Supermarkets and food suppliers are often accused of wasting perfectly edible food when they discard deformed vegetables or ‘ugly’ fruits. This is exactly what prompted American speciality food and produce distributor, Baldor, to tackle excessive and unnecessary food waste.
By renaming its food scraps to ‘sparcs’, Baldor has been able to reuse the edible offcuts. Carrot tops, bean stems and broccoli trunks are not only edible but packed with nutrition that is often left to rot in the compost bucket.
“The narrative around food that we don’t traditionally eat is all negative,” says Baldor’s sustainability director Thomas McQuillan. Other campaigns that try to get people to buy ugly produce don’t have appetising names, such as ‘trash cooking’.“Instead of calling this trim or byproduct, let’s come up with a name for it,” he says. This rebranding effort will hopefully minimise food waste.
Where do the sparcs end up?
Since the conceptualisation of sparcs, Baldor has not produced any organic food waste. Any offcuts are used for either human or animal consumption, contributing to some ingenious reuse initiatives and the animal feed supply.
Trimmings such as strawberry tops, watermelon rinds and other fruit peels are sold to juice companies for their cold-pressed and highly-nutritious drinks. Some of the vegetable sparcs are sold to restaurants and soup kitchens to make sauces, soups and broths. McQuillan is also playing with the idea of dehydrating the sparcs and turning them into a mix of vegetable chips.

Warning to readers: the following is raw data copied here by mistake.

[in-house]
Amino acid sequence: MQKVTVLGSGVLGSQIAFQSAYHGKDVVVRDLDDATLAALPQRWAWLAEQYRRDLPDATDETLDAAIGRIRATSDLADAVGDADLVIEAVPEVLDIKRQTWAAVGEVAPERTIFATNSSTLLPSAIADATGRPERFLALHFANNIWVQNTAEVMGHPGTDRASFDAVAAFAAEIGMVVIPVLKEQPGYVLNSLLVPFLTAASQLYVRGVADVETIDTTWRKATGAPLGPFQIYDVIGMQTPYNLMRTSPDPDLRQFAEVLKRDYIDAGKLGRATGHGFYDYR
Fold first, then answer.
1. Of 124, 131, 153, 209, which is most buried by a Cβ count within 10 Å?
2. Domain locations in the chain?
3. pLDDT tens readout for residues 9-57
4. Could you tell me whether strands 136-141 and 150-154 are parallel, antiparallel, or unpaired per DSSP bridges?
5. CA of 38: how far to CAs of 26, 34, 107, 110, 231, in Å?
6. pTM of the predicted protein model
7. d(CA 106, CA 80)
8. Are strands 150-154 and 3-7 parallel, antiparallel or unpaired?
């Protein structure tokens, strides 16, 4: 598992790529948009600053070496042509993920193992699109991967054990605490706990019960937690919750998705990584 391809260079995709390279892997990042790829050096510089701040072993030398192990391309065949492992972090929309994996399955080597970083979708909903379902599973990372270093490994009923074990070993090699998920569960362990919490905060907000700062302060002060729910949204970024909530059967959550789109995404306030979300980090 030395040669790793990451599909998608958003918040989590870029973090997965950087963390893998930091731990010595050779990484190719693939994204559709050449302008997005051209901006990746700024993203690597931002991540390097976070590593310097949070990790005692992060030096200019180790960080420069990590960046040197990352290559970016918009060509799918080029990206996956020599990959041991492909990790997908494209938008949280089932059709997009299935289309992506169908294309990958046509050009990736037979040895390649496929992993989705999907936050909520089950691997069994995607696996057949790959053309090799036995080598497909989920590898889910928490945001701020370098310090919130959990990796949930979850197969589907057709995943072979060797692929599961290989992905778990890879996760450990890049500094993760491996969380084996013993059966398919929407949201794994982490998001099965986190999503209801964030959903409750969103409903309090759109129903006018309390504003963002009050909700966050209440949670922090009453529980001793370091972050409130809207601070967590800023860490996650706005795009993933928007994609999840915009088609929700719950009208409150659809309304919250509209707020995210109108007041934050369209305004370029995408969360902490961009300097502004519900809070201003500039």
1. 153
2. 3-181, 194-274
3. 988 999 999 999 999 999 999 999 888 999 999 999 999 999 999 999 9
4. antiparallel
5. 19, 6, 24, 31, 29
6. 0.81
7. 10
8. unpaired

Sparcs that are not edible for humans, such as mango pips and thick melon rinds, are sold to pig farmers, chicken feed factories or composted on-site. Sparcs that fall on the floor or come off customers’ plates are added to Baldor’s own ‘waste-to-water’ system.
A new way of thinking about food waste
According to McQuillan, landfills are no longer an option for food waste. “There is a substantial benefit to the bottom line in two ways: if you are able to sell sparcs, now you have revenue generation. You’re also saving whatever it would cost to eliminate it,” he argues.
Instead of paying a company to remove food scraps and waste, other companies and restaurants are willing to pay for the sparcs which can be delivered free of charge. All that is needed to make this concept for successful and to catch on in other parts of the world is a new way of thinking about food scraps.
People need to believe that it is a good idea and stop thinking of offcuts as inedible waste. Although it is easier to dump the scraps in a bin and let someone else deal with it, this new way of thinking could be so beneficial to the environment, society and industry.
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